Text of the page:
126. A Conceptual and In Silico Model of the Dissimilatory Metal-Reducing Microorganism, Geobacter sulfurreducens Derek R. Lovley, Madellina Coppi, Stacy Cuifo, Susan Childers, Ching Lean, Franz Kaufmann, Daneil Bond, Teena Mehta, and Mary Rothermich
Department of Microbiology, University of Massachusetts, Amherst, MA 01003
The long-term objective of this project, which has just begun, is to develop comprehensive conceptual and mathematical models of Geobacter physiology, and the interaction of Geobacter with its physical-chemical environment, in order to predictively model the behavior of Geobacter in a diversity of subsurface environments. Initial studies are focusing on Geobacter sulfurreducens because: 1) this microorganism has all of the unique physiological properties characteristic of Geobacter species; 2) the complete genome sequence is available; 3) a genetic system is available; 4) DNA-microarrays for the complete genome will be available; 5) it can be grown in chemostats; and 6) complementary functional genomic studies are underway.
In the first three years our objectives are to understand and model: 1) central metabolism in G. sulfurreducens; 2) electron transport to Fe(III) oxide, the electron acceptor supporting the growth of Geobacter in the subsurface; 3) electron transport to U(VI); 4) growth under the energy- and nutrient-limited conditions found in subsurface environments; 5) general regulatory mechanisms; and 6) response to environmental stresses such as oxygen and toxic metals. Chemostat studies are underway to collect physiological data to be compared with the predictions of the in silico model. Preliminary results on acetate uptake in the chemostats indicate that G. sulfurreducens can readily metabolize acetate at the low concentrations (ca. 10 µM) found in subsurface environments. Growth yields with fumarate as the electron acceptor are twice those with Fe(III) as the electron acceptor. This indicates that there may be an additional proton-translocation step in electron transport to fumarate. This hypothesis is being further evaluated.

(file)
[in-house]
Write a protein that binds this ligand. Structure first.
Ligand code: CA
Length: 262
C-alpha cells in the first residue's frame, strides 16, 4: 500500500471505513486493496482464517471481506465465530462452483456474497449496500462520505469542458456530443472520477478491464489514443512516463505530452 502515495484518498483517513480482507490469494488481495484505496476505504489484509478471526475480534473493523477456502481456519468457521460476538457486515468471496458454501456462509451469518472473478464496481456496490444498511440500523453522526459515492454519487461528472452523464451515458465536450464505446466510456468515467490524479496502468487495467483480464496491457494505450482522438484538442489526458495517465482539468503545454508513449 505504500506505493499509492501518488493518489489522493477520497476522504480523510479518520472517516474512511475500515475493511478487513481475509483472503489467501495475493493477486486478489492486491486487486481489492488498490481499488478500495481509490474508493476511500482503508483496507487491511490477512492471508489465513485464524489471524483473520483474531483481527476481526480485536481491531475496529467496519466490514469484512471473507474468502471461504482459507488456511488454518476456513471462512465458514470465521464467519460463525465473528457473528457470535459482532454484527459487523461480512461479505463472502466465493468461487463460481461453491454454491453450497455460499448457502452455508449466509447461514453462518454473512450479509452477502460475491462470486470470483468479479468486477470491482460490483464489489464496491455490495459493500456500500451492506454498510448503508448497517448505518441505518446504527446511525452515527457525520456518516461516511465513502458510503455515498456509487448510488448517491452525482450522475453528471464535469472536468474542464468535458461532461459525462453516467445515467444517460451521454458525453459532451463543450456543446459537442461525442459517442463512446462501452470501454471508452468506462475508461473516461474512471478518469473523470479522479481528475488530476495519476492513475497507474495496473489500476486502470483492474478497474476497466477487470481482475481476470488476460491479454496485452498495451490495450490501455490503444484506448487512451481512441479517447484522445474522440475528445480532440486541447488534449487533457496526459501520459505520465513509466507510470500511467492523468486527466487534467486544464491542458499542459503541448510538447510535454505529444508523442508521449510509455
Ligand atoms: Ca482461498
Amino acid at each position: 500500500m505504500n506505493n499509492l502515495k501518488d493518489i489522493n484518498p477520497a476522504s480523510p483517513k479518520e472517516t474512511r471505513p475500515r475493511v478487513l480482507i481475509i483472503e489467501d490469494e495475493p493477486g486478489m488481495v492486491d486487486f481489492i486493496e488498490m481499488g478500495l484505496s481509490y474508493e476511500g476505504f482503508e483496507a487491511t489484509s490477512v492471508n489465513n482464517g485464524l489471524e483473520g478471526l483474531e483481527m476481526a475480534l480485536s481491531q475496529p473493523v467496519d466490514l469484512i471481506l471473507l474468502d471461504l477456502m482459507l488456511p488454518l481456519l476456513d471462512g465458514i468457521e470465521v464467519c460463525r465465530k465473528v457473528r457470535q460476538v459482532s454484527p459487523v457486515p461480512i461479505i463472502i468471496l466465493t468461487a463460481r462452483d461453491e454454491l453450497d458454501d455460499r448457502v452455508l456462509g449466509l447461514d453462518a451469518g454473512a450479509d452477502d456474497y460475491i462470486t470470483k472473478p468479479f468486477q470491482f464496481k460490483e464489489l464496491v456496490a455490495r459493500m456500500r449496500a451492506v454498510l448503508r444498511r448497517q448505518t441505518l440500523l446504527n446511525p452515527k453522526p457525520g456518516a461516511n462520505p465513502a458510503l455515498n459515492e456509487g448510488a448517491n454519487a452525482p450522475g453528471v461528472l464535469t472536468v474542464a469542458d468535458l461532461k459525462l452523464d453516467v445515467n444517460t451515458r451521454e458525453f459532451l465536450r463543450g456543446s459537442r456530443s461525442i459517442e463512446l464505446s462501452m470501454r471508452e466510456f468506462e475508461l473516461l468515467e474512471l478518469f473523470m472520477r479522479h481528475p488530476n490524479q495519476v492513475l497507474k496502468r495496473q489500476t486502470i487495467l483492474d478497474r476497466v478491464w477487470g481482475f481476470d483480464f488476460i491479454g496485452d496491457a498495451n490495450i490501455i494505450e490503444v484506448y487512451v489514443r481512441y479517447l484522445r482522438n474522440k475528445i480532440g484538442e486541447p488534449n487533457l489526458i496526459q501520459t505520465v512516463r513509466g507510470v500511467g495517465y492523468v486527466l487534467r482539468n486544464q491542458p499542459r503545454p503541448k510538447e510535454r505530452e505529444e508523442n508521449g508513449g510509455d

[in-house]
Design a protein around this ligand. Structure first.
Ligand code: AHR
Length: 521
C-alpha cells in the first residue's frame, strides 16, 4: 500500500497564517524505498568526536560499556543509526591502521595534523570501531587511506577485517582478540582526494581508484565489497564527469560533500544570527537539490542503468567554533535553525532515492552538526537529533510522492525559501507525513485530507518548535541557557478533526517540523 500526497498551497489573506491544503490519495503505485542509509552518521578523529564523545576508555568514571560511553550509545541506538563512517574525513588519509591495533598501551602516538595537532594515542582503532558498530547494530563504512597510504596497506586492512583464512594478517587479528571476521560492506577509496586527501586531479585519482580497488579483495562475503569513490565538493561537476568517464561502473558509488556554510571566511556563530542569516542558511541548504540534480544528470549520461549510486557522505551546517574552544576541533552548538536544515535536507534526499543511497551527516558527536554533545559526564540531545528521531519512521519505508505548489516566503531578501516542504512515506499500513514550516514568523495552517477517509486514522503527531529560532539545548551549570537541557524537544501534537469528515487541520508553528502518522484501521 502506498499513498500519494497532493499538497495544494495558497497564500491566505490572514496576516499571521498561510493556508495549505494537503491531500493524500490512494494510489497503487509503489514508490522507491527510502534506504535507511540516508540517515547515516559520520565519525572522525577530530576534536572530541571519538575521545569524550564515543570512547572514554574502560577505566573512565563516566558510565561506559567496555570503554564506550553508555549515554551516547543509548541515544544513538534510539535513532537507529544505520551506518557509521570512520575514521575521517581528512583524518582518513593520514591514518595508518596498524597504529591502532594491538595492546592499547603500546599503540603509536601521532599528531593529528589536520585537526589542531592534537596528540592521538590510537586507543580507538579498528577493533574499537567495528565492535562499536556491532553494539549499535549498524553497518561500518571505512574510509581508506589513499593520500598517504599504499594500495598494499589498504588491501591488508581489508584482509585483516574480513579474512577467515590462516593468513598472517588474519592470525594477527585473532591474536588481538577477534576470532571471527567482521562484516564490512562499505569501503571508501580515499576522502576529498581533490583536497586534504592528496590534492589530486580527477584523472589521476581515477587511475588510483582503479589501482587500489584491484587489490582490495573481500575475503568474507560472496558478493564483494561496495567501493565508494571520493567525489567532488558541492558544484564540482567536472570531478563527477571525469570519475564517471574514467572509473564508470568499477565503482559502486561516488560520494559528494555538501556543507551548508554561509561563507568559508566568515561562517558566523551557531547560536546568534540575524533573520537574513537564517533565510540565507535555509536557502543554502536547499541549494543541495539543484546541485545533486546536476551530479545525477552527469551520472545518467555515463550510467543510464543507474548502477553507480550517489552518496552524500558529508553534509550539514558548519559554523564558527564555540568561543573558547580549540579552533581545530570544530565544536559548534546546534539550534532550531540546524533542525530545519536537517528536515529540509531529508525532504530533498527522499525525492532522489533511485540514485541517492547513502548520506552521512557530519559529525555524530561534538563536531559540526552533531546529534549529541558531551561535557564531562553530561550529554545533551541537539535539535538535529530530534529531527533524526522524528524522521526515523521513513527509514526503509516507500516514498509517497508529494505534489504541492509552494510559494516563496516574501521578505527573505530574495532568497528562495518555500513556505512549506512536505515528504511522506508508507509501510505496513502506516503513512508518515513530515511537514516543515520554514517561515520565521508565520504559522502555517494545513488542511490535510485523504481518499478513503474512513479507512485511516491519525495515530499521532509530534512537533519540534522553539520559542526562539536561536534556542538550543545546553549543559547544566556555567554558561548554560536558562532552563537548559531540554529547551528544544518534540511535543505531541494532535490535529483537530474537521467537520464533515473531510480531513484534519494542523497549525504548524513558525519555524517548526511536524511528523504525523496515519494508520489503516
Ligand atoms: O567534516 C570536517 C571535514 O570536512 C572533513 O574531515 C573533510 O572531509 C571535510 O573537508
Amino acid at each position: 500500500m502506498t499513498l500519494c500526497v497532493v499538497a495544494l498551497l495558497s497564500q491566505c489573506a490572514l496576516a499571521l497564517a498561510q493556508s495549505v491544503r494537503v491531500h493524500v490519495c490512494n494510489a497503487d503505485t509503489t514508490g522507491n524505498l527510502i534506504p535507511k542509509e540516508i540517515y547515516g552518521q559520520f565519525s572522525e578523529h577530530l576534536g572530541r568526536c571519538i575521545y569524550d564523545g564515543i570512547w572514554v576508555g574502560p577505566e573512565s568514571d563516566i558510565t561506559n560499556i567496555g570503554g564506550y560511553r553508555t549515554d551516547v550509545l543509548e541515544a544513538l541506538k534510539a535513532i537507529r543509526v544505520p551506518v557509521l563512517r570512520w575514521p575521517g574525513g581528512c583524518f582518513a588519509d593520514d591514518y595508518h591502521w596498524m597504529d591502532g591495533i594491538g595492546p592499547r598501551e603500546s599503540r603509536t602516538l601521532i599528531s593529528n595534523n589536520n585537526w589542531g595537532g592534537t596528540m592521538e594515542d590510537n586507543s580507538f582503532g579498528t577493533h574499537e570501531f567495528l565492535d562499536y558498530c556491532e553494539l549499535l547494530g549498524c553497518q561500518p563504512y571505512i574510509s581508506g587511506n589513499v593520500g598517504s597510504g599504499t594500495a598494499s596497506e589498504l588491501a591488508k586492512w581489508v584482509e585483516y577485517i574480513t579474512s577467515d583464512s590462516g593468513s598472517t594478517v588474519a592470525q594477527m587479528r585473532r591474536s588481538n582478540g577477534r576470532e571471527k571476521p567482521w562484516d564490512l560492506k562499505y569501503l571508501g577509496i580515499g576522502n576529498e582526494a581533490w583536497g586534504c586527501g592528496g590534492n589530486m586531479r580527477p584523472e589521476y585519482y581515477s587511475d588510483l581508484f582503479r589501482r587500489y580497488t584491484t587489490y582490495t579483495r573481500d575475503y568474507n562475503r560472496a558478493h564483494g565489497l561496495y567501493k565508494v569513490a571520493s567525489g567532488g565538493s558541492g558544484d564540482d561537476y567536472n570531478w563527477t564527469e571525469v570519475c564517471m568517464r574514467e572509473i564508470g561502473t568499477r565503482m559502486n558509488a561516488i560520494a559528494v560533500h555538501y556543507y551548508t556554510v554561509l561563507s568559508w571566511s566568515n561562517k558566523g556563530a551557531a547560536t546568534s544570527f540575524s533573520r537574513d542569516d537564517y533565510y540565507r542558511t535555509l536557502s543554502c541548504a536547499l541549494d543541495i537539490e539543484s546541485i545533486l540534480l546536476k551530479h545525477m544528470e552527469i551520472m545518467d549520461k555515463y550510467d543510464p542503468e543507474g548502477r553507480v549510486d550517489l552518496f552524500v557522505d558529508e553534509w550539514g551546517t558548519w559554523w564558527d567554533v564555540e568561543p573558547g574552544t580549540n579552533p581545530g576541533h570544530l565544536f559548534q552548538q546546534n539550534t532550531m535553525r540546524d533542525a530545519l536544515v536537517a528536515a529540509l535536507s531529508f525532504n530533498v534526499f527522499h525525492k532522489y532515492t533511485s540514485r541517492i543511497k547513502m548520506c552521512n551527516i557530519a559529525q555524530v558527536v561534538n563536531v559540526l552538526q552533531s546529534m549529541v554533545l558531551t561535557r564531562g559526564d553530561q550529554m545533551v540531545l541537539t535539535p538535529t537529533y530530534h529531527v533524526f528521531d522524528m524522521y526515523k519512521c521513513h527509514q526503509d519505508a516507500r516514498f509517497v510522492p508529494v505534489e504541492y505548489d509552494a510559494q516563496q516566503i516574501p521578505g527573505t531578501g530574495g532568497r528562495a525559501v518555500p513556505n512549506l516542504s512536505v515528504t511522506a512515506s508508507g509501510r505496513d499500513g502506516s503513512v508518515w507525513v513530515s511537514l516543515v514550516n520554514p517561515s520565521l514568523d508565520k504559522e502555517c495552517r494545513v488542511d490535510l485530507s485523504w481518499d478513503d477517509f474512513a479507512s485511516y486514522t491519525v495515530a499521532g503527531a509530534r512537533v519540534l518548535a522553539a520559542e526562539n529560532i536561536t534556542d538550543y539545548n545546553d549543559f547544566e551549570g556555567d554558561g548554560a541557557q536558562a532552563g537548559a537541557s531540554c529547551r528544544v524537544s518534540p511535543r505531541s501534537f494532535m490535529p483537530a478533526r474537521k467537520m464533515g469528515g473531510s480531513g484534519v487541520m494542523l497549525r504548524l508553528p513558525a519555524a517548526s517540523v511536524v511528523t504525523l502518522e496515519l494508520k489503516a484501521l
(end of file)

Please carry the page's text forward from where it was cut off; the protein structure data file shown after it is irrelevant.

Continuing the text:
Analysis of the genome predicted a number of previously unknown physiological characteristics which were evaluated in vivo. For example, putative chemotaxis genes were identified and subsequent investigations demonstrated that G. metallireducens was chemotactic toward Mn(II) and Fe(II), which are likely to guide the organism to Mn(IV) and Fe(III) oxides under anaerobic conditions. This is the first example of chemotaxis to metals. Although previous studies suggested that G. sulfurreducens and other Geobacter species are strict anaerobes, the genome contained genes coding not only for proteins involved in oxygen tolerance, such as catalase, superoxide dismutase, rubrerythrin, three potential rubredoxin genes, and a homolog of NADH/rubredoxin oxidoreductase, but also a homolog of a gene involved in oxygen reduction in Desulfovibrio spp., rubredoxin oxygen oxidoreductase.
Further physiological analysis demonstrated that G. sulfurreducens could recover from oxygen exposure for more than a day and we are currently investigating whether it is able to use oxygen as an electron acceptor in a manner similar to another “strict anaerobe”, Desulfovibrio. One of the more unexpected and fascinating stories of the G. sulfurreducens genome is the finding that G. sulfureducens’ metabolism is likely to be much more highly regulated than was hypothesized prior to sequencing the genome. Of particular interest are putative iron-sensing systems that are likely to be involved in controlling expression of key metabolic genes. The role of these and other putative regulator proteins are being intensively investigated.
In the future, the developing in silico model will be used to aid in the design of experimental approaches and as more information on gene function and regulation becomes available this will be incorporated into the developing in silico model. It is hypothesized that through this iterative approach it will be possible to evolve an in silico model that can predict the growth and activity of G. sulfurreducens in chemostats and, eventually, in the subsurface. In addition to making numerous contributions to the basic understanding of microbial physiology, a model capable of predicting the growth and activity of Geobacter species in the subsurface will greatly aid in the design of rational strategies for the in situ bioremediation of metal and organic contamination.